What is remote onboarding?

Remote onboarding is the process of getting a new remote employee everything that they need to start work. This includes meeting their peers and managers, getting trained on software and company protocols, learning standard operating procedures, and learning the responsibilities and expectations relating to their own work. It also includes filling out any legal paperwork required by local regulations, both in the employer’s and the employee’s jurisdictions.

Onboarding remote employees properly is crucial to ensuring the success of your remote workforce and remote hiring strategy. 

What are some remote onboarding challenges?

1. Making employees feel welcome

In any work environment, new employees have to feel that they are part of a team, and that they have somewhere to go when they have questions. Without the face-to-face contact of an office, this can be a bit trickier. One-on-one video calls, group chats, and plenty of open communication both within teams and throughout the organization will help new remote employees feel welcome and supported.

Also, remember that all employees have different learning styles. Some may prefer learning about their new position by jumping in and working hands-on, while others need to learn by discussing with others, or reading a handbook. In remote work, these cues are not self-evident, so it is up to the employer to find the right options that will fit their employees.

2. Cybersecurity 

Remote work inevitably involves giving access to the company intranet, logging into remote desktops, accessing company databases, and/or other potential security risks. If you have an internal security team or work with a security consultant, show them your entire remote work setup and ask them to test it to be sure risk is kept at a minimum. If you’re working with a PEO or EOR to process your remote employees, ask them for advice or if they have security consultants available. You can also ask your software vendors for their best practices in onboarding new remote employees.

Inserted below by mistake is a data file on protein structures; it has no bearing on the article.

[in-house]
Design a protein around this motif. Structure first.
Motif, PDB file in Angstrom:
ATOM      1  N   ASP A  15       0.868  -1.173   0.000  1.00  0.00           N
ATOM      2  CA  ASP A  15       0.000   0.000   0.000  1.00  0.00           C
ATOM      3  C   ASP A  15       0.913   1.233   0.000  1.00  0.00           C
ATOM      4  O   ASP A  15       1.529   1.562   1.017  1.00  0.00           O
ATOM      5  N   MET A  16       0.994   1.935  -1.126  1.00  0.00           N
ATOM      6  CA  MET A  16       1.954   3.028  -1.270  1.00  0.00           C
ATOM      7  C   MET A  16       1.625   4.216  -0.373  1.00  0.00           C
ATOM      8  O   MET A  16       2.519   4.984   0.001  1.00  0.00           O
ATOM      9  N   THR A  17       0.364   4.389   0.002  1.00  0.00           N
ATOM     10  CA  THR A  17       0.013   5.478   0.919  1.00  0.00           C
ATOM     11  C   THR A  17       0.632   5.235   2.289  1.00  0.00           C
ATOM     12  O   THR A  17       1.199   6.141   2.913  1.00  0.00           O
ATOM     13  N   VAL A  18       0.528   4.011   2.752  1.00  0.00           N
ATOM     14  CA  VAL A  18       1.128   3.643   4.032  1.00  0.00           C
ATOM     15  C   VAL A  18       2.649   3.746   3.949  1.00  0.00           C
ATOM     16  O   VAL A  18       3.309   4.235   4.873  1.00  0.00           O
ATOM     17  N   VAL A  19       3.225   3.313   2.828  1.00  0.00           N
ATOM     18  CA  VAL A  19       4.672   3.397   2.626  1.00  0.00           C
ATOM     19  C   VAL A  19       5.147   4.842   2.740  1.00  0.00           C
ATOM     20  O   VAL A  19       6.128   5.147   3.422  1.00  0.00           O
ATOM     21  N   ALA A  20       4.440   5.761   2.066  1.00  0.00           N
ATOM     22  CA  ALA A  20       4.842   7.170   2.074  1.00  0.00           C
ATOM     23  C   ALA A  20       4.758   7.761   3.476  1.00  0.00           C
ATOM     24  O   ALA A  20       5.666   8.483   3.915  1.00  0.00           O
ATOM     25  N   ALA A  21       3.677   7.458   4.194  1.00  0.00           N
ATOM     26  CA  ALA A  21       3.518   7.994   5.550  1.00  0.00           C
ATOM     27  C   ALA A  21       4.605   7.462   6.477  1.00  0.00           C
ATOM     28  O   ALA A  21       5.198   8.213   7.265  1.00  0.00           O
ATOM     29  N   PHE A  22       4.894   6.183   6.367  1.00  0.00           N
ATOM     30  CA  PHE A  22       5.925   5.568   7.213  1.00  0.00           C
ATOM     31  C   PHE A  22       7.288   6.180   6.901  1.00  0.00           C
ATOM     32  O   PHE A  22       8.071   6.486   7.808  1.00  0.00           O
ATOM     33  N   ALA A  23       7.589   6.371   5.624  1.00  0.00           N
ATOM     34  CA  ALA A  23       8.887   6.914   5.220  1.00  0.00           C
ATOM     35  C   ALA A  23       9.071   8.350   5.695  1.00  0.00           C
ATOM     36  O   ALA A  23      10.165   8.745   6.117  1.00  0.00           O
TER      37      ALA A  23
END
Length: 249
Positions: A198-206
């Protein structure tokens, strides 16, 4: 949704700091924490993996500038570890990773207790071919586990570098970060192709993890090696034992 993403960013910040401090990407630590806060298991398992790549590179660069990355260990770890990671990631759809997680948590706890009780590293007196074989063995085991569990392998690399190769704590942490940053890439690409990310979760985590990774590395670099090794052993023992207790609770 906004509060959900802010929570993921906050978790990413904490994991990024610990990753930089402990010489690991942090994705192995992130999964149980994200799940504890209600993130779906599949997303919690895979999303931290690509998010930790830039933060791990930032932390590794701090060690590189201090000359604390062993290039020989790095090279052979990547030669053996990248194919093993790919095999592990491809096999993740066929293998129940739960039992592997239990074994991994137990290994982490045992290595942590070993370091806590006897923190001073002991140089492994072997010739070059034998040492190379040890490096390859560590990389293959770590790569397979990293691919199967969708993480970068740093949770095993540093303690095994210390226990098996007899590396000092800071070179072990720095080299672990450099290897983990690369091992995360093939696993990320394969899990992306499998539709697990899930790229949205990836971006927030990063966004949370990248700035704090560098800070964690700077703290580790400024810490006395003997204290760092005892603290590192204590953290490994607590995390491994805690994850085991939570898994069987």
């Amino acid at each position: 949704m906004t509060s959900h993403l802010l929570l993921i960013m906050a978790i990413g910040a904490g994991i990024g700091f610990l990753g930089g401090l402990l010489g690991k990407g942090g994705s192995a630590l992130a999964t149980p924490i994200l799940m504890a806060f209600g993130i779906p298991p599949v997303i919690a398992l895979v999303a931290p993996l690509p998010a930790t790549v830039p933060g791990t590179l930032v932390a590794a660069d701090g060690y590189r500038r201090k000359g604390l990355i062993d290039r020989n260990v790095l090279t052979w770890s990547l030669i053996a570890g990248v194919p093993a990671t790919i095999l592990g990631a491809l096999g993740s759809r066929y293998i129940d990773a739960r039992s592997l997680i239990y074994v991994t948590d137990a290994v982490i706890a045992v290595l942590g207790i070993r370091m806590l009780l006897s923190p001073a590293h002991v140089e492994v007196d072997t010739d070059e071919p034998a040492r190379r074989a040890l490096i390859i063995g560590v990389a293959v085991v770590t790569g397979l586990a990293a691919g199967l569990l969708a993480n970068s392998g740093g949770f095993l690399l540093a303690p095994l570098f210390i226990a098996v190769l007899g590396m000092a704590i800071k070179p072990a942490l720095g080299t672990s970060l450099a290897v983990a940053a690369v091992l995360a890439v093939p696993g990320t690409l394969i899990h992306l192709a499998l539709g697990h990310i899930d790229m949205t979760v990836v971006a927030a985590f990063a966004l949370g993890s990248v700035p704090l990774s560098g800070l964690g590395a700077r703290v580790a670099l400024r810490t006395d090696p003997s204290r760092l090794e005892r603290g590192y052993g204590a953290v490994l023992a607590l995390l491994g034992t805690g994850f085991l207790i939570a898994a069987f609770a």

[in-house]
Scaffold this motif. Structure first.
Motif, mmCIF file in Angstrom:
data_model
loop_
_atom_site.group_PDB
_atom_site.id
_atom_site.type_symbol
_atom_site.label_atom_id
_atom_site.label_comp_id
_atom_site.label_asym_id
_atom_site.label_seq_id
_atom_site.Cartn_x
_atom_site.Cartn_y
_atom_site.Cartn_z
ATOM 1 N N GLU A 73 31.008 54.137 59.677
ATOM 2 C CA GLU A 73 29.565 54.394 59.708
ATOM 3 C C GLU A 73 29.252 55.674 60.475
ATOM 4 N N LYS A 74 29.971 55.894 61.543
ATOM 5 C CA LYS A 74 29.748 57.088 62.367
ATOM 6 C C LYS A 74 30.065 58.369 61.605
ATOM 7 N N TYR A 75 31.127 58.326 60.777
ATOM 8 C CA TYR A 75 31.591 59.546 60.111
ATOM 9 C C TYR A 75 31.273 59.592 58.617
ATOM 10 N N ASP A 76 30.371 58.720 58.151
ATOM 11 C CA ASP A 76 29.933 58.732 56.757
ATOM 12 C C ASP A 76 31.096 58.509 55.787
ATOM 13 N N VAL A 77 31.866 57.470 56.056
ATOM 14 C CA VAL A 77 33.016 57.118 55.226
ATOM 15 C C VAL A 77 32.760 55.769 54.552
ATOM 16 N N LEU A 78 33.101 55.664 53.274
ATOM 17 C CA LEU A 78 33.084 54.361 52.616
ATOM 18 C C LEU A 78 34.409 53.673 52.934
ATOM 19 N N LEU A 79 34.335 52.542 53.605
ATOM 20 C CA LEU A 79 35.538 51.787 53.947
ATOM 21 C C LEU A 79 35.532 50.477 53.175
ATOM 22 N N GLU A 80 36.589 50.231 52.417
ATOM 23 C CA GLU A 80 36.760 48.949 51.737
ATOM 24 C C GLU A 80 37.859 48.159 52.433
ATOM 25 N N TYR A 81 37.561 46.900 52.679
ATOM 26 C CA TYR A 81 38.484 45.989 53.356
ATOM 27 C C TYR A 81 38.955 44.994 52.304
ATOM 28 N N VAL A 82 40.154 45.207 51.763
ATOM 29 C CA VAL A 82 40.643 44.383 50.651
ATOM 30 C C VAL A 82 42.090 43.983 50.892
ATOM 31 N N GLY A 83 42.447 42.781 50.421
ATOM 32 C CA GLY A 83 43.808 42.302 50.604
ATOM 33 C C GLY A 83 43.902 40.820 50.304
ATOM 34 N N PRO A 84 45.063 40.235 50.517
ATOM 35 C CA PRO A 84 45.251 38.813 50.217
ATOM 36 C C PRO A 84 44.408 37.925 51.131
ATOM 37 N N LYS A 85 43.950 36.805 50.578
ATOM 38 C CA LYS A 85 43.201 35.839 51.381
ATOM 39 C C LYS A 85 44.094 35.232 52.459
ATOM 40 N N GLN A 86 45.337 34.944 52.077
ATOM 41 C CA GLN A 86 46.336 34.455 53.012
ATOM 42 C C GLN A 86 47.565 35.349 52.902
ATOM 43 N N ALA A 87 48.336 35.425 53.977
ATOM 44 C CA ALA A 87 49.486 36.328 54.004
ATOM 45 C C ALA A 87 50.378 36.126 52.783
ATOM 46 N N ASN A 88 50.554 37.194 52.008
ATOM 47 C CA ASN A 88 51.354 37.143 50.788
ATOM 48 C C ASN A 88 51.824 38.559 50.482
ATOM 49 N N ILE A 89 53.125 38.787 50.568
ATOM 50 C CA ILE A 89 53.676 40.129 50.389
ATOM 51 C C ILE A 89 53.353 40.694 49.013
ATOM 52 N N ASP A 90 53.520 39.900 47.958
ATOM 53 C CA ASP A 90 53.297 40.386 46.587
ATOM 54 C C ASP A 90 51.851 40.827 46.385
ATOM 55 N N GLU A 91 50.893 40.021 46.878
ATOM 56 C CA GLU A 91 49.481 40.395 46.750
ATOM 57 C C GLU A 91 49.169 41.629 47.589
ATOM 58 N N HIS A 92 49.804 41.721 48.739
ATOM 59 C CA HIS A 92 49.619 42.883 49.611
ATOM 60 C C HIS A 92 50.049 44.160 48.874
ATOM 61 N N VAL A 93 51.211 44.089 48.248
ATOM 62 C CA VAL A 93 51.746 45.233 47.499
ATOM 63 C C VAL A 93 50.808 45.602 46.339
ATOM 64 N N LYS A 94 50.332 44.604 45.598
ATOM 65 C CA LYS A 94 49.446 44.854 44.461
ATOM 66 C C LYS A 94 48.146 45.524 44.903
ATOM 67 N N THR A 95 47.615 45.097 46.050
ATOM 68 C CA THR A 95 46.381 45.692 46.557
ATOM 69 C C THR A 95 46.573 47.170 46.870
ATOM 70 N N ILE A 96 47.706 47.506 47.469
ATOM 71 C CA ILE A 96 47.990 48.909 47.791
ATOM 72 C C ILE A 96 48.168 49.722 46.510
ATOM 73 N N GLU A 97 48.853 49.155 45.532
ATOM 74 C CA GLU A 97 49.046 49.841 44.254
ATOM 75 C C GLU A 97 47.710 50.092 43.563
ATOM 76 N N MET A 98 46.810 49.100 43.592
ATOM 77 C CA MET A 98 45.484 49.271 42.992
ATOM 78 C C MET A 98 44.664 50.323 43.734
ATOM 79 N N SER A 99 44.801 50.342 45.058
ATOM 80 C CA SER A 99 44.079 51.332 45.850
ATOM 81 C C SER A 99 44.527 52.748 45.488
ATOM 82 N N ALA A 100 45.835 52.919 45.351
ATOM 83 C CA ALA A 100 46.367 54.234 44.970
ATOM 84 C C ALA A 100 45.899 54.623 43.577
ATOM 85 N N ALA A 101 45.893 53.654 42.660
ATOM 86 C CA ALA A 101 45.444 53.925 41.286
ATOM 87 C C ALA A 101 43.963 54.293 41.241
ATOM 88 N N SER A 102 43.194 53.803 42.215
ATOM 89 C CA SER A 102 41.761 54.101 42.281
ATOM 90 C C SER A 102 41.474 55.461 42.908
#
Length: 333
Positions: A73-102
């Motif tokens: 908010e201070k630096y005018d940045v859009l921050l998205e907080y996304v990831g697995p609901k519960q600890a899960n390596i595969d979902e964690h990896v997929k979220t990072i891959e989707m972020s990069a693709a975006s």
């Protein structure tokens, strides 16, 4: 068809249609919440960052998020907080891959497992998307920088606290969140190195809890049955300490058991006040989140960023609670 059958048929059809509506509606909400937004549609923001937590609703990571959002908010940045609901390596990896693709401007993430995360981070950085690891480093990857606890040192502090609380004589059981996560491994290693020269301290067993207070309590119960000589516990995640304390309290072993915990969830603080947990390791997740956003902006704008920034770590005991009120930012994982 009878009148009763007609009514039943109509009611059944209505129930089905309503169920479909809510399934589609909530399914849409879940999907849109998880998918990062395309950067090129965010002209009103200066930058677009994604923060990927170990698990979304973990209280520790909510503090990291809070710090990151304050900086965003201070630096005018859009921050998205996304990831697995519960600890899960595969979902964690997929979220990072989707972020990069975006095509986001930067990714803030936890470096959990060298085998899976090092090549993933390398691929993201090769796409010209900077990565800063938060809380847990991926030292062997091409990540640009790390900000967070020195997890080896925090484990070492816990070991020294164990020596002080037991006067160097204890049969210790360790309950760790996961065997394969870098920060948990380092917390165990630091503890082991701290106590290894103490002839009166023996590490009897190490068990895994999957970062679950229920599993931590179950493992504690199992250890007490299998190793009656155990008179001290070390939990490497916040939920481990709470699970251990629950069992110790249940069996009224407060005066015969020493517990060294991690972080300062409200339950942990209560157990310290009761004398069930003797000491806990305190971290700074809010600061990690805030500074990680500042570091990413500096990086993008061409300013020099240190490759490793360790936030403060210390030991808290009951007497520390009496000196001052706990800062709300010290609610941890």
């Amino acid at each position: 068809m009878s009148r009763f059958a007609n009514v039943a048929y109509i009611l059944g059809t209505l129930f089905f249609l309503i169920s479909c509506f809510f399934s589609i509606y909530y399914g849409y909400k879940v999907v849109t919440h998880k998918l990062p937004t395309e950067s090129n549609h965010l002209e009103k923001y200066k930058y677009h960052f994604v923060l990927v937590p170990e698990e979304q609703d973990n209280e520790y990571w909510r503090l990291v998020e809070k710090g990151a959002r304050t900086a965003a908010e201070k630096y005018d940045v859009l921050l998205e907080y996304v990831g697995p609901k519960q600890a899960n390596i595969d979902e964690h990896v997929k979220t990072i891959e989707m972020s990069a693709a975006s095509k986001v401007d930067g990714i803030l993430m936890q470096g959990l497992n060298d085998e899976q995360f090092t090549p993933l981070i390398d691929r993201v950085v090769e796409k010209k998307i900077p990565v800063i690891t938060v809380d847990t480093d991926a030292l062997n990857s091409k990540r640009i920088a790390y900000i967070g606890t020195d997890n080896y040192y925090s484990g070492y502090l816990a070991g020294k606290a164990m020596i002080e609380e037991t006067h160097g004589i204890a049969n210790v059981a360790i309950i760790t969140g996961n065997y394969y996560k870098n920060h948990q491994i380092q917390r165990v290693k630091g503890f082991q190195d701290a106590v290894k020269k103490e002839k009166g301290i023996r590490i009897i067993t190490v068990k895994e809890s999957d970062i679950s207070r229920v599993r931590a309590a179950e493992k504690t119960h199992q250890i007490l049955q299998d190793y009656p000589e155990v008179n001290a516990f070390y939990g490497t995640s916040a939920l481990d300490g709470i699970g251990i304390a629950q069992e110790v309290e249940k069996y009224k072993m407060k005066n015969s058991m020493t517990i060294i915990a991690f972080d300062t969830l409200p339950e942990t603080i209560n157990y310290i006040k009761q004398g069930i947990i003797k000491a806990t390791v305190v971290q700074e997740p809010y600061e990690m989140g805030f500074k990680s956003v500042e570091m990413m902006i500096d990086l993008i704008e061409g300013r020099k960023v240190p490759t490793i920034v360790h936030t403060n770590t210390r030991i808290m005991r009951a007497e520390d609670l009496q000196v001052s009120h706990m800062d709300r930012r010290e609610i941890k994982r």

3. Training 

In a physical office, it’s easy for new employees to ask their neighbors for help, or to walk over to the desk of a superior. In a remote situation, there needs to be more setup beforehand. The last thing you want is for a new hire to start working without having the tools that they need or knowing how to use them. To prevent this, create a solid onboarding package, assign a mentor or buddy to the new hire, introduce them to the entire team, and continue checking in and training over their first few months of work.

What are some remote onboarding best practices?

1. Set up new employees with the right tech/accounts

If you are providing your new remote employees with equipment, try to have their computers, phones, and other hardware shipped with all necessary software already set up. Otherwise, make sure they have the account access they need. 

At the same time, ensure that the new employee’s full information is uploaded to your company’s HR information management system. 

2. Adequate training 

It is extra important to have complete documentation for remote employees. This could be an employee handbook, or a series of constantly updated articles on how to best solve problems or perform certain functions.

Even with documentation, you’ll have to show new employees the ropes. This could be done with videos, walkthroughs on a shared screen, interactive tutorials, or a combination. Your handbook and training documentation should be living documents, keep improving the system as your remote team grows.

3. Mentorship/buddies

In addition to training, a mentor or buddy is critical in helping a new remote employee get off to a good start. The mentor could be the same person who handled the new employee’s original training, or in a larger organization, it may be a peer or direct supervisor. Having a buddy or mentor makes the new hire feel that they are part of a team, preventing them from feeling lost while working alone at home.